Aside from our work in the woods I also had the opportunity to work with David on different timber projects, learning more about tools and joinery. We worked on chestnut styles but soon we all began working on the timber framing project. Carefully setting up the layouts we worked through the process and before long the frame was up. I think this was perhaps the project I enjoyed most, something about using our timber and going through the process was really pleasing for me. Getting to think 3 dimensionally and to work out problems and solve them and in the end creating something really impressive.

Preparing the timber frame sill

This brought us into the winter and through the winter months we worked on a felling plan in one of the subcompartments. We went through the woods with the paint and David and Ruth ran through the goals with me and we spoke about each decision. They explained how in this third thinning we were choosing the stems that would launch the woods into continuous cover forestry, through this we made sure to favour the trees of best quality but also to consider the final spacing as well as the diversity and the health of the tree since ash dieback now requires careful consideration. With some extra training in the woods I completed my small tree felling ticket and got stuck in with the thinning, we thinned to support our marked stems and with support my felling improved and I was able to work more independently. By the end of March we could consider the thinning complete and since then we have moved and sold most of the firewood and we have since sent our saw logs to the mill and put them ‘in stick’.

Precision fell between oak trees

Out of those woods we also had a generous crop of sweet chestnut which we’ve turned into fence posts, this is a skill I’ve developed over my time here and one I’d love to continue with. The use of hand tools is increasingly rare in many workplaces and it’s been a great opportunity to be able to gain this ability while creating products that outlast their machined and treated counterparts. Another thing that I will take with me from this placement is the outstanding importance of Grey Squirrel management within broadleaf woodland, having completed David’s LANTRA accredited course and since been a part of the management at Bron Haul I feel comfortable and motivated to apply the things I’ve learned as much as possible. While at I’d had the opportunity for an independent project to work on weekly and this was the part of this year that I struggled with the most. With the seemingly infinite options and avenues, trying to manage my time and resources and find something that inspired me that would fit into the constraints, I found myself completely paralysed with indecision. While I completed some projects like a cherry wood box I had made with fine joinery techniques and a table and some other small projects, I struggled to find something with a progression I could hold onto. Mostly this has highlighted an aspect of my working life that I need to improve on and something that I need to address if I want to become a better, more independent worker.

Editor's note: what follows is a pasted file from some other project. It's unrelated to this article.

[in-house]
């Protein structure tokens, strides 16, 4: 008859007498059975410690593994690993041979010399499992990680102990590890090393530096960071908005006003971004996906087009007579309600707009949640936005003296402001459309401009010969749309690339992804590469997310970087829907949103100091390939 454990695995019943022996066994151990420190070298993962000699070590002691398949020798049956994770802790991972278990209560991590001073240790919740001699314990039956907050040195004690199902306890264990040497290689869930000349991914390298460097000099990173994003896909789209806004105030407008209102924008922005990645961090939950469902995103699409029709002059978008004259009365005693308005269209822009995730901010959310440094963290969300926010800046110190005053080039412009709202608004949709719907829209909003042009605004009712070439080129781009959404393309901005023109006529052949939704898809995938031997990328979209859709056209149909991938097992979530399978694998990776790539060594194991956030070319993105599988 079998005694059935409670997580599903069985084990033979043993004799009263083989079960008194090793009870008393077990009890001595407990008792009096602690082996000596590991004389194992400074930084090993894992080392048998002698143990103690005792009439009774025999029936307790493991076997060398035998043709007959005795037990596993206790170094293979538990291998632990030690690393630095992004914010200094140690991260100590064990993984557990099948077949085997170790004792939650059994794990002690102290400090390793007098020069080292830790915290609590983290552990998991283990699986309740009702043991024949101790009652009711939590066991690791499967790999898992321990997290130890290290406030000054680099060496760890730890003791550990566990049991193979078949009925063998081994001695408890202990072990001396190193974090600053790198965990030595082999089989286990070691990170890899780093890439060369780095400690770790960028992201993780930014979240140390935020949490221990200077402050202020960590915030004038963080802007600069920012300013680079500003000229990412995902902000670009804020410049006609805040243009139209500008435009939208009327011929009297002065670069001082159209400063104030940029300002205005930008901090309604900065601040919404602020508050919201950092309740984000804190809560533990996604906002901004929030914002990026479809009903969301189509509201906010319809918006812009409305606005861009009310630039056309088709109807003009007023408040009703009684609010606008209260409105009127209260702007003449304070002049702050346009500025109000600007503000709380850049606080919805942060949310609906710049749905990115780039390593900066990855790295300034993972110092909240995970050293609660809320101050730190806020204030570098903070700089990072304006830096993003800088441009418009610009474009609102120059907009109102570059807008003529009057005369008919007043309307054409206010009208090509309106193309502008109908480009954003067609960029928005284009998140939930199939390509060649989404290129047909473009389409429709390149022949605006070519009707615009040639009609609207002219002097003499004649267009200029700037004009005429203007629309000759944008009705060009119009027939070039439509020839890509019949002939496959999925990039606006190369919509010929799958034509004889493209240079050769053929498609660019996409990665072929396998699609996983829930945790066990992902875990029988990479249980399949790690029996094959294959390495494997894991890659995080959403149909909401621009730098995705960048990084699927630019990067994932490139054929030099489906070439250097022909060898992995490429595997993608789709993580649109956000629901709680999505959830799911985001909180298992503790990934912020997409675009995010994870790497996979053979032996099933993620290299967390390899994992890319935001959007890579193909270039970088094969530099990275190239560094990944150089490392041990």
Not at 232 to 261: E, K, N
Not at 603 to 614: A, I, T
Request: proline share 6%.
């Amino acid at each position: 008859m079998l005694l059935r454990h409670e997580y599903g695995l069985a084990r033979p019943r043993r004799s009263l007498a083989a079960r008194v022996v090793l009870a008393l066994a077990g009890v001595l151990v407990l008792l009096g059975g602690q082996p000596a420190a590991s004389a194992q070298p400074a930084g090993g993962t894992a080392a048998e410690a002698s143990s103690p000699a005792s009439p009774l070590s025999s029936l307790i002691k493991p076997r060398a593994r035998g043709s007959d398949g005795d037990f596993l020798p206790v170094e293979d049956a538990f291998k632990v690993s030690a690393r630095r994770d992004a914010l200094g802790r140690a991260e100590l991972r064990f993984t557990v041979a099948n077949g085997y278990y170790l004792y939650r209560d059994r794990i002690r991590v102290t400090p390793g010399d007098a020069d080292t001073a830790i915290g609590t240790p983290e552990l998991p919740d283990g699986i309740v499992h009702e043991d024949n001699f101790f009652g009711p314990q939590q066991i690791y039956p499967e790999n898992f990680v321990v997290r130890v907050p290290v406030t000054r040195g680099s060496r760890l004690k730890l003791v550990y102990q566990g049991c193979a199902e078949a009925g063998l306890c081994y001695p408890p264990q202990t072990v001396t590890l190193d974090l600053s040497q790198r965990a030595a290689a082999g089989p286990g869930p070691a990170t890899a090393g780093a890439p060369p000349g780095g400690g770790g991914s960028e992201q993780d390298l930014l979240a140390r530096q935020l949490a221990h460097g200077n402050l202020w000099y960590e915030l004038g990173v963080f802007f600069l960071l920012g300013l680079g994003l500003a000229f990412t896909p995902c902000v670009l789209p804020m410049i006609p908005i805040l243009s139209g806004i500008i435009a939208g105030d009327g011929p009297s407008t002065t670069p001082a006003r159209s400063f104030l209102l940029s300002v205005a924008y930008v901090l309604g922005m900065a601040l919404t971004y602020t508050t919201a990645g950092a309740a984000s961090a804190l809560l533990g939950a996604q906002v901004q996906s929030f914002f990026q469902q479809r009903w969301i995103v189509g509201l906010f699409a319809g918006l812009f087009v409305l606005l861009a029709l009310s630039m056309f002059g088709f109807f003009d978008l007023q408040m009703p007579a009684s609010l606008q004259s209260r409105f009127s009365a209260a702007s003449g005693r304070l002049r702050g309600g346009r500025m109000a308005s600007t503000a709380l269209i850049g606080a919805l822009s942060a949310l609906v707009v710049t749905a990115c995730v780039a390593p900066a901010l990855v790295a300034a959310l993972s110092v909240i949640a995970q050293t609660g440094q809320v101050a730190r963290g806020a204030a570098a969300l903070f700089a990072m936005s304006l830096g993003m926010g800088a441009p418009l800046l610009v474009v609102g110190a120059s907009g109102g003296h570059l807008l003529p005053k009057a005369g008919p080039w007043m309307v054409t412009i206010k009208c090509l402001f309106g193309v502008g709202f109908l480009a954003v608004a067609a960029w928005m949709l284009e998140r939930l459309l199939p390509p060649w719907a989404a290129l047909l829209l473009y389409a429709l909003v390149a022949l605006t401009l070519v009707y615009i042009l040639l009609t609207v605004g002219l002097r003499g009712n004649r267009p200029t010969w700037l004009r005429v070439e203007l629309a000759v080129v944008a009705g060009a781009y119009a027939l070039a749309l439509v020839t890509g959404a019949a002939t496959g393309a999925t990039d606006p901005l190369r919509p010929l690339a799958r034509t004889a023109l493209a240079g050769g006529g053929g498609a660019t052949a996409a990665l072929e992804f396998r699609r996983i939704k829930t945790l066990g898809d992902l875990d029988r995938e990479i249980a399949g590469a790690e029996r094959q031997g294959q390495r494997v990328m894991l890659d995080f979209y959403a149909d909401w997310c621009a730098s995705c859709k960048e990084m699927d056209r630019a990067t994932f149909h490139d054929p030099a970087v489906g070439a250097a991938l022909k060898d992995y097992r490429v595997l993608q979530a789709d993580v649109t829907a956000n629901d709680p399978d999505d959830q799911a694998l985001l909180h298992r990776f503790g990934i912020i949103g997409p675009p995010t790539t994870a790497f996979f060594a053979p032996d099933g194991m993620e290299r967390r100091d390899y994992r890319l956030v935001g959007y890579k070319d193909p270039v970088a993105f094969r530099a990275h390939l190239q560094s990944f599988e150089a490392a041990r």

Throughout the year I’ve also planted hedges and woodland blocks, I’ve repaired fences and drystone walls outside of the farm and I’ve produced many different products and I can say that each has been an incredible and indispensable experience and the environment in Broadleaf.Wales has been a catalyst for my growing forestry career. While here I’ve asked countless questions and I think the insight that David and Ruth have provided has been the best training I’ve received and having them as a resource with their experience has taught me so much. Overall this year has been the perfect opportunity for me, being on the other end of it with another job set up to go into and having enough skills and experience to have some confidence in what I know and what I can do. I think in my spending time here I have also found myself an amazing asset in my relationships with two of the best people that a young forester could be exposed to, and having them as examples I can live by and as friends I can work with will be priceless for my future.

Assessing timber at Woodland to Workshop

As for advice for young people who may be interested in forestry, mine would probably be to not settle, my entire forestry experience has been due to my inability to settle for something I plainly couldn’t enjoy. While that character trait can be a limitation in many cases and one that you have to work through at times, it’s what allowed me to fall in love with learning again and to spend this year being paid for doing what I enjoy, something that will most likely continue for the rest of my life. To not settle and to take opportunities, even ones that seem scary is probably the best way of launching yourself into somewhere where you can surround yourself with mentors and peers and templates that you can learn from.

(Congratulations Dylan on being our fabulous first Forestry Roots worker. The progress you have made in a year is remarkable. We look forward to hearing how you get on in your new job at Mulgrave Estate – David & Ruth)